Patrick McGrath: Trauma

To say this is my most long-awaited book of the year would be an exaggeration – that’ll be Adam Mars-Jones’s Pilcrow, 15 years in the coming – but it’s certainly my most eagerly awaited. I’ve been reading and relishing Patrick McGrath’s novels since 1993’s Dr Haggard’s Disease, and each new book since then has been a source of untrammelled delight (the disappointing Martha Peake [2000] being the exception that etc). So it was inevitable that I wouldn’t wait for publication (April in the US, July in the UK) if I could possibly help it.

Trauma (US)

Admirers of McGrath’s work know what to expect from Trauma: an unreliable first person narrative with aspects of mental illness and sexual obsession. In this he delivers, and indeed some elements of the book are so familiar – the art world from Port Mungo (2004), psychiatrists from Asylum (1996) and the story ‘Ground Zero’ from Ghost Town (2005) – that on a reading of the blurb it might seem that McGrath is simply going through his hoops; or at least mopping up unused research. Also there is an inherent danger in having a trademark style where there is, if not a twist or revelation near the end, then a reversal in understanding by the reader: when this is anticipated, how does the author stay one step ahead?

McGrath has no hesitation in doling out juicy titbits literally from the beginning. Trauma begins:

My mother’s first depressive illness occurred when I was seven years old, and I felt it was my fault.

This is the voice of Charlie Weir, psychiatrist based in New York City. (McGrath’s first four novels were set in England; with his next two he combined Britain with his adopted home of the USA; with Trauma he has crossed the Atlantic completely.) McGrath knows the attuned reader will be awaiting ‘clues’ to the truth of Charlie’s world, and offers them up freely:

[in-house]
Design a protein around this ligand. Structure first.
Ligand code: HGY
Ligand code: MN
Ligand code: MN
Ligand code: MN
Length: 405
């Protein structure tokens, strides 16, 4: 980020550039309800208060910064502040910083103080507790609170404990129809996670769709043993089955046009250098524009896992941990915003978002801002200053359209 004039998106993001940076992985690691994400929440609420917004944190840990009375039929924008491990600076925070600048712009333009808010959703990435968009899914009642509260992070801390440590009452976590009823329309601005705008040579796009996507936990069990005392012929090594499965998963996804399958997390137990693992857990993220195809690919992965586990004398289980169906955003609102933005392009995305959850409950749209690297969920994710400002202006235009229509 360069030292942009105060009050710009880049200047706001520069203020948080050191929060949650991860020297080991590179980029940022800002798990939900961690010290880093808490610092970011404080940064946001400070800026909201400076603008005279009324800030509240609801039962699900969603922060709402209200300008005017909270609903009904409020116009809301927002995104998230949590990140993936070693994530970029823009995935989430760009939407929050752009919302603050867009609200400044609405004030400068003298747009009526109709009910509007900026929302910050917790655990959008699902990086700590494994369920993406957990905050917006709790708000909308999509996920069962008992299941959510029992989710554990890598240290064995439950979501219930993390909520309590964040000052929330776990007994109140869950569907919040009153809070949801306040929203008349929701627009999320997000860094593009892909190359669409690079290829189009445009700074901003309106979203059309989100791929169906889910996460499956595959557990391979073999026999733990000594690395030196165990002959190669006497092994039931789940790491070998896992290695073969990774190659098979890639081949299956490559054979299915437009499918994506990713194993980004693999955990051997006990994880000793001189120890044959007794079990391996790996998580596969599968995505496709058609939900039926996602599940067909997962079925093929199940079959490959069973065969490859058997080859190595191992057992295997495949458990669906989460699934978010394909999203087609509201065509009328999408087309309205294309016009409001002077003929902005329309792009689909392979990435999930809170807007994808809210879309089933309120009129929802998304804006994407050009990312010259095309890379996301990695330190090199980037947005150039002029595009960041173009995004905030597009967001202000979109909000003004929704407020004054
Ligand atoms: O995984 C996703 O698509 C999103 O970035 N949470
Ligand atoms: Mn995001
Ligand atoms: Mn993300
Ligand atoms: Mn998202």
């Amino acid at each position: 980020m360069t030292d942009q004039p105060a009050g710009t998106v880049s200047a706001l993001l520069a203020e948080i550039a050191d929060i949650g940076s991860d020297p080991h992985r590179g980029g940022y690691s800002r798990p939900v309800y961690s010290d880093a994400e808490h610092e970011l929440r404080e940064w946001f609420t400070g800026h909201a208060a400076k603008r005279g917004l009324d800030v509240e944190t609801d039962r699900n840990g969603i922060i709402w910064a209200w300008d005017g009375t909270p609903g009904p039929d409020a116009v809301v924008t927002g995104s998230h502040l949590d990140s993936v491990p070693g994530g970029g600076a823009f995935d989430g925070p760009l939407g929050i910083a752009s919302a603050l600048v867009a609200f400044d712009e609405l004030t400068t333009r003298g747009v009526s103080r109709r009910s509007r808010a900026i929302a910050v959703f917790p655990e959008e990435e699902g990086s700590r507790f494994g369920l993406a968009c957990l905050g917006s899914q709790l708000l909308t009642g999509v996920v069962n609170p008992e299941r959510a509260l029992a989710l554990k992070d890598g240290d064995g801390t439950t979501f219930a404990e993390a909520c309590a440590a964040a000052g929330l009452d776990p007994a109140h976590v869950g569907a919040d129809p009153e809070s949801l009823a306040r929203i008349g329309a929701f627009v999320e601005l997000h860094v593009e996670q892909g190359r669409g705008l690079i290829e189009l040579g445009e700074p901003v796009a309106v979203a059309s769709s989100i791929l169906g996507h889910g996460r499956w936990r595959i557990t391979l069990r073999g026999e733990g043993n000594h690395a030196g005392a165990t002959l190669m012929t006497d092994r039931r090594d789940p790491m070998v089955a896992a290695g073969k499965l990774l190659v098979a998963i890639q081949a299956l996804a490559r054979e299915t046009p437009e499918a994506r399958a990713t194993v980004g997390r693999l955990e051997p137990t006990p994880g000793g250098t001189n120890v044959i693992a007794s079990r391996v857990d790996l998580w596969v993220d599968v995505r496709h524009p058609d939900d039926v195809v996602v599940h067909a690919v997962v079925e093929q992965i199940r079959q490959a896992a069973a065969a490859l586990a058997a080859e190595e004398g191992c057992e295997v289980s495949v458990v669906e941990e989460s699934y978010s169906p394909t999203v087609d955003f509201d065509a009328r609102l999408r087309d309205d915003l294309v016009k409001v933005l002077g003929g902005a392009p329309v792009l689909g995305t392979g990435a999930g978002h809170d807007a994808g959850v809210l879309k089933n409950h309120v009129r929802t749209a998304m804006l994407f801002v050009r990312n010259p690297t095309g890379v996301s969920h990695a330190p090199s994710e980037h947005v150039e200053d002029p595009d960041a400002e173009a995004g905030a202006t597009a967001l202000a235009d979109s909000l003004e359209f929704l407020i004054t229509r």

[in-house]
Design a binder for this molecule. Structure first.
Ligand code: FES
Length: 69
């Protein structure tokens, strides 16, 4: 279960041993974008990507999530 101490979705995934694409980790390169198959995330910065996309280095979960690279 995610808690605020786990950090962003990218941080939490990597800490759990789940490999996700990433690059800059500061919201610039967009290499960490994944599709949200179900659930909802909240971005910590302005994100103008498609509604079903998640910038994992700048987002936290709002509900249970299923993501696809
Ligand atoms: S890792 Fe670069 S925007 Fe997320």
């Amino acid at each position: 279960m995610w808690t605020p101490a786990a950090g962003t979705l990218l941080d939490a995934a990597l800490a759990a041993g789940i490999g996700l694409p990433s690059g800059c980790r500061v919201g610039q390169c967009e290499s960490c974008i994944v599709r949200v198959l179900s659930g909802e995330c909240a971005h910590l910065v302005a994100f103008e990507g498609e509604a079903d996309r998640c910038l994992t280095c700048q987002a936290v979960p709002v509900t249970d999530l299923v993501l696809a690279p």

In those days we lived in shabby discomfort in a large apartment on West Eighty-Seventh Street, where my brother lives with his family today. I never contested Walt’s right to have it after Mom died, and have come to terms with the fact that she left me nothing. Indeed, it amuses me that she would throw this one last insult in my face from beyond the grave. It was more appropriate that Walt should have the apartment, given the size of his family, and me living alone, although Walt didn’t actually need the apartment. Walt was a wealthy man – Walter Weir, the painter? But I don’t resent this, although having said that, or rather, had I heard one of my patients say it, I would at once detect the anger behind the words. With consummate skill I would then extricate the truth, bring it up to the surface where we could both face it square: You hated your mother! You hate her still!

But Charlie loves his mother, he assures us, and looks after her when she’s alone (“Ah, Charlie. Always trying to help people who don’t want it”); it’s his father he can’t stand (referring to him as ‘Fred’ while mom remains ‘Mom’). Fred walked out on the family, Mom became a depressive, a drinker, and worst of all a novelist.

I was comforted by the sound of the typewriter. If she was typing then she wasn’t crying, although later she was able to do both at once.